Sonny Fulks
Sonny Fulks
Managing Editor

Sonny Fulks is a graduate of Ohio State University and pitched four varsity seasons for the Buckeye baseball team from 1971 through 1974.  He furthered his baseball experience as a minor league league umpire for seven years, working in the Florida State League (A), the Southern League (AA), and the American Association (AAA).  He has written for numerous websites and outdoor publications, and for the past ten years has served as a regular columnist and photo editor for Gettysburg Magazine, published by the University of Nebraska Press.  Widely knowledgeable on that period of American History, Fulks is a frequent speaker on the Civil War at local roundtables throughout the Midwest. He and wife Mindy have two grown children and live in Covington, Ohio.

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Every good reason to play, and support, youth baseball is on display this weekend in Versailles – Craig Stammen’s annual tournament for a different generation of boys – who will tell you its one of the best things about summer.

The phone rang last week and San Diege Padres reliever Craig Stammen was on the line.

It was a surprise – it always is when a major league baseball player calls you out of the blue.

We talked for several minutes.  He was in Phoenix with the Padres;  he would pitch later that evening, and he had pitched well two days before.  But he never mentioned it.  Craig Stammen had called to talk about another kind of baseball.

For several years he has lent his name to the Craig Stammen youth baseball tournament to be played this weekend in Versailles and his hometown of North Star.  The Little League ballpark in North Star is even named for him, and contrary to the latest standings, his stats, or his day job as major league ballplayer, Stammen called to talk about boys, not men, playing baseball.

The excitement in his voice rises when you ask about youth baseball, and the number of teams participating in this weekend’s tournament.

“About fifty, give or take,”  he said.  “It’s pretty neat that so many kids and teams come in to take part.  We want it to be fun.”  Something to look forward to, and a good memory from summer – words to that effect.  “And they’re all local kids,”  he added.  And to Craig Stammen, that’s the neatest part of all.

rjwarner_embed_284x200To have a proper perspective on this weekend, and Stammen’s goal of making sure that boys grow up playing baseball – to someday perhaps follow in his footsteps – get a copy of Roger Kahn’s book from forty years ago and read “The Boys Of Summer”, the excellent memoir on the old Brooklyn Dodgers.  Read it and consider all the parallels between Brooklyn, New York, and what baseball meant to that community – and to towns like Versailles, Maria Stein, St. Henry, and Minster…and what baseball means to those small towns.  Baseball is so much a part of their respective tapestries, standing out as the universal summer activity that brings everyone together to watch and appreciate.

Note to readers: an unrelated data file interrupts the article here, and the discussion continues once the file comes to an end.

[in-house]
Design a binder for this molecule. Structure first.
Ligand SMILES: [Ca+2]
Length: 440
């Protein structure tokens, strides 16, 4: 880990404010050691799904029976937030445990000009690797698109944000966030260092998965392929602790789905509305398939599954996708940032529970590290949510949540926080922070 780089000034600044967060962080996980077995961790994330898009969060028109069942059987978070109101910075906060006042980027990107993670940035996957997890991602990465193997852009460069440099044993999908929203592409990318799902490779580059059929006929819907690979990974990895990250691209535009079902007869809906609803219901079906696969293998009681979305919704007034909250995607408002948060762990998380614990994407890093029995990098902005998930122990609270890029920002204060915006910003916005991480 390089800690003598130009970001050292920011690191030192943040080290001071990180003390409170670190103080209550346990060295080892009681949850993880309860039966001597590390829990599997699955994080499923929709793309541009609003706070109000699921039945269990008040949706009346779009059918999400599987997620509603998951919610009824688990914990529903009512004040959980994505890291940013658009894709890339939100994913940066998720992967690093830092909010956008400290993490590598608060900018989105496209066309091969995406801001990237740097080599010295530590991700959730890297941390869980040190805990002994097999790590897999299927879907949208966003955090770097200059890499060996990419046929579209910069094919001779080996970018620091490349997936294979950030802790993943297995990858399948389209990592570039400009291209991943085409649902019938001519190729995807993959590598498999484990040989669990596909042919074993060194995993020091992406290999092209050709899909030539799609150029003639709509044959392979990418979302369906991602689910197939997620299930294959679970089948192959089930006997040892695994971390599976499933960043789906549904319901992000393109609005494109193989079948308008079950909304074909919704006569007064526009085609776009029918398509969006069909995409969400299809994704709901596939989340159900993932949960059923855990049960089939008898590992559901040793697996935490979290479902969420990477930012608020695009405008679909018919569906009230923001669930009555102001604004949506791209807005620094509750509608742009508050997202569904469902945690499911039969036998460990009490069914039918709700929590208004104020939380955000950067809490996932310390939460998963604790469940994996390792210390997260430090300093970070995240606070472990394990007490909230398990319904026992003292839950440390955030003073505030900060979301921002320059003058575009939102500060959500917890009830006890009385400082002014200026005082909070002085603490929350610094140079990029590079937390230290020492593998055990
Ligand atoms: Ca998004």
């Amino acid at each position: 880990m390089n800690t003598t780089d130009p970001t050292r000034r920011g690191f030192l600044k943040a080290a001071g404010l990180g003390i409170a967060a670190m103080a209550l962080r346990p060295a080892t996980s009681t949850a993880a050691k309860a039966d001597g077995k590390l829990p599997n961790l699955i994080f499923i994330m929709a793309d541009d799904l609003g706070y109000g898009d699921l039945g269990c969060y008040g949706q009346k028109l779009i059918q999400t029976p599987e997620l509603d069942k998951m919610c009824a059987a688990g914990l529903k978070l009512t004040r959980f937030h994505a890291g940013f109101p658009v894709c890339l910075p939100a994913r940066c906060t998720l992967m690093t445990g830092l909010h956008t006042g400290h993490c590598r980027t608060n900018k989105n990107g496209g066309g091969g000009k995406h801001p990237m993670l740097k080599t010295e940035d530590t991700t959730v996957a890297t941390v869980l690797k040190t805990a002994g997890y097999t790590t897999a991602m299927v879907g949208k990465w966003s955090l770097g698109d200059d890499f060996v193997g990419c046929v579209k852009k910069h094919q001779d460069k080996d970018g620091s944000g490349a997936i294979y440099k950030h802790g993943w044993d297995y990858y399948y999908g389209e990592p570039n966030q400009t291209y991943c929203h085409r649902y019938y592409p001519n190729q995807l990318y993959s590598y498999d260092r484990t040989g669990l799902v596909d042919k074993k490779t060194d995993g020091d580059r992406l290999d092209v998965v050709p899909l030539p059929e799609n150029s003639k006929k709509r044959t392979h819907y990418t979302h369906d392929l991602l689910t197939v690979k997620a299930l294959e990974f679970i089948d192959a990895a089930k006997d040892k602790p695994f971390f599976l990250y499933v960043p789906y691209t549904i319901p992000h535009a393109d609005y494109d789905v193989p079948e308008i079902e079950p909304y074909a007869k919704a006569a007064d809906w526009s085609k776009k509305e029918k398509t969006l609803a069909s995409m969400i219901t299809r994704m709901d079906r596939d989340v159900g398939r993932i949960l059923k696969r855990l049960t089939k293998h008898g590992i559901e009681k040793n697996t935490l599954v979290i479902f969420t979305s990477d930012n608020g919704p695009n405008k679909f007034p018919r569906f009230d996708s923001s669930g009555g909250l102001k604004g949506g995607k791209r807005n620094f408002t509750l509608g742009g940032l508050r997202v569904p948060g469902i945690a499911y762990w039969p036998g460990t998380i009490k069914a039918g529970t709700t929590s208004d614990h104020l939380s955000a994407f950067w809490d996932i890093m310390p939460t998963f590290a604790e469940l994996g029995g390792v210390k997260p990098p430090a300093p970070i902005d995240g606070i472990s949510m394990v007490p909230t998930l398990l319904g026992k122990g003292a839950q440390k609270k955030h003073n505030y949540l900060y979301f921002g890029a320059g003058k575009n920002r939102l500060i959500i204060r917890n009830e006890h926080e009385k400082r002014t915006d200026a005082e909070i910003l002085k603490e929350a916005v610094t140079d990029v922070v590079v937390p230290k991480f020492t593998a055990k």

In a day where baseball, particularly high school baseball, is under seige from competition from other sports, athletic budgets, and a diminished importance compared to revenue sports like football and basketball, Stammen is intent on rebuilding the sports’ relevance from the ground up.

The field in North Star bears the name of favorite son, and Cleveland Indians pitcher, Craig Stammen.

The field in North Star bears the name of favorite son, and San Diego Padres pitcher, Craig Stammen.

“It’s important to me that kids grow up playing baseball, and have fun with it,”  he said over the phone from Phoenix.  “I am where I am today because of baseball.  I grew up playing and it was such a good thing to do that I want these kids to have that same experience.”

And his message has gotten out.  As many as fifty teams will participate in this weekend’s tournament, at a half dozen different venues in and around Versailles, for all age groups, and every one of them represents a colloquial factor in the effort to rehabilitate the image of youth baseball.  They’re all local teams.  There are no ringers, and no traveling elite teams from parts unknown.  Every team represents a school district from surrounding communities – boys that are growing up together, and playing together.

“I really like this tournament,” said Piqua’s Brady Ouhl at last year’s tournament. “I didn’t get any hits this morning but I pitched three innings and only gave up one run. I hope we win the next game.”

Another added that playing baseball is a lot of fun, but he also liked the food…and all the shade trees outside the fence to cool off under if you get too hot.

This is exactly the attitude Stammen looks to develop.

“It’s important for kids to have fun playing baseball, have a positive experience,” he added before hanging up this week.  “If it wasn’t fun…why would 50 teams show up to play?”

Craig Stammen had another good outing for the Padres that night, pitching a scoreless inning against the Diamond Backs.  I smiled while reading the box score, at the irony of our conversation.  How many guys do you know that can pitch a scoreless inning in the big leagues…while consumed with how his youth tournament’s going back home?  It starts Friday in Versailles and goes all weekend.

I wouldn’t be surprised if I get another call…on Sunday!

Knapke is proud to sponsor coverage of the Versailles Tigers on Press Pros Magazine.com.

Knapke is proud to sponsor coverage of youth baseball on Press Pros Magazine.com.

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